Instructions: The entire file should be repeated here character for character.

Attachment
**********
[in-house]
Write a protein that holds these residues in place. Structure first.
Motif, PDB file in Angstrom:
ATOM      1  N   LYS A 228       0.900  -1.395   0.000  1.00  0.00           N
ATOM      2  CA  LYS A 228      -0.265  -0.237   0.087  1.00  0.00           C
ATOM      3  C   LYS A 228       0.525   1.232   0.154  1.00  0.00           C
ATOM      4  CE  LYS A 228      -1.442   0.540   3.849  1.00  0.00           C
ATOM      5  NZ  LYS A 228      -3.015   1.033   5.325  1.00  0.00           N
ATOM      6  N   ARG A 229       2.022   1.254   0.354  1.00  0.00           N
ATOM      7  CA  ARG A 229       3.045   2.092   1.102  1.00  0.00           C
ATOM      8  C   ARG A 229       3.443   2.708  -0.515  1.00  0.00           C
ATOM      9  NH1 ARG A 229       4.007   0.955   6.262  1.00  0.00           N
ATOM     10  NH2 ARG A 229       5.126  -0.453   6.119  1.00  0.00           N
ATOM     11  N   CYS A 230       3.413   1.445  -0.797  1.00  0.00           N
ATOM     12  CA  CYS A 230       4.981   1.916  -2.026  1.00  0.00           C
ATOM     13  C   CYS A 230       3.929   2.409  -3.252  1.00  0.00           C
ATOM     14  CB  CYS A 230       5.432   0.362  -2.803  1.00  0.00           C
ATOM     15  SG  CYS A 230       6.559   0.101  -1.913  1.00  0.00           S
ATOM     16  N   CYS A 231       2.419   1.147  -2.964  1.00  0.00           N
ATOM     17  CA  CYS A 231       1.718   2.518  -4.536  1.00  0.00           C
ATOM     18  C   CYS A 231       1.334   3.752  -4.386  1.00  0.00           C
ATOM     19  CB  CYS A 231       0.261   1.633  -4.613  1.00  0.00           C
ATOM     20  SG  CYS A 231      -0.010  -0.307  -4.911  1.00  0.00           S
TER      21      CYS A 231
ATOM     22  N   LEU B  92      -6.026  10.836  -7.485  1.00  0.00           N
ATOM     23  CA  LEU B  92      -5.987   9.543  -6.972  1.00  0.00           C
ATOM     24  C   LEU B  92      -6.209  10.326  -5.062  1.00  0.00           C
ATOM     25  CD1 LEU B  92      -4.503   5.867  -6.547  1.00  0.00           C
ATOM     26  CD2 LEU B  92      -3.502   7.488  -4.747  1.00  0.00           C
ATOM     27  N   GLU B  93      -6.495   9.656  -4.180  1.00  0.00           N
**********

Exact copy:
[in-house]
Write a protein that holds these residues in place. Structure first.
Motif, PDB file in Angstrom:
ATOM      1  N   LYS A 228       0.900  -1.395   0.000  1.00  0.00           N
ATOM      2  CA  LYS A 228      -0.265  -0.237   0.087  1.00  0.00           C
ATOM      3  C   LYS A 228       0.525   1.232   0.154  1.00  0.00           C
ATOM      4  CE  LYS A 228      -1.442   0.540   3.849  1.00  0.00           C
ATOM      5  NZ  LYS A 228      -3.015   1.033   5.325  1.00  0.00           N
ATOM      6  N   ARG A 229       2.022   1.254   0.354  1.00  0.00           N
ATOM      7  CA  ARG A 229       3.045   2.092   1.102  1.00  0.00           C
ATOM      8  C   ARG A 229       3.443   2.708  -0.515  1.00  0.00           C
ATOM      9  NH1 ARG A 229       4.007   0.955   6.262  1.00  0.00           N
ATOM     10  NH2 ARG A 229       5.126  -0.453   6.119  1.00  0.00           N
ATOM     11  N   CYS A 230       3.413   1.445  -0.797  1.00  0.00           N
ATOM     12  CA  CYS A 230       4.981   1.916  -2.026  1.00  0.00           C
ATOM     13  C   CYS A 230       3.929   2.409  -3.252  1.00  0.00           C
ATOM     14  CB  CYS A 230       5.432   0.362  -2.803  1.00  0.00           C
ATOM     15  SG  CYS A 230       6.559   0.101  -1.913  1.00  0.00           S
ATOM     16  N   CYS A 231       2.419   1.147  -2.964  1.00  0.00           N
ATOM     17  CA  CYS A 231       1.718   2.518  -4.536  1.00  0.00           C
ATOM     18  C   CYS A 231       1.334   3.752  -4.386  1.00  0.00           C
ATOM     19  CB  CYS A 231       0.261   1.633  -4.613  1.00  0.00           C
ATOM     20  SG  CYS A 231      -0.010  -0.307  -4.911  1.00  0.00           S
TER      21      CYS A 231
ATOM     22  N   LEU B  92      -6.026  10.836  -7.485  1.00  0.00           N
ATOM     23  CA  LEU B  92      -5.987   9.543  -6.972  1.00  0.00           C
ATOM     24  C   LEU B  92      -6.209  10.326  -5.062  1.00  0.00           C
ATOM     25  CD1 LEU B  92      -4.503   5.867  -6.547  1.00  0.00           C
ATOM     26  CD2 LEU B  92      -3.502   7.488  -4.747  1.00  0.00           C
ATOM     27  N   GLU B  93      -6.495   9.656  -4.180  1.00  0.00           N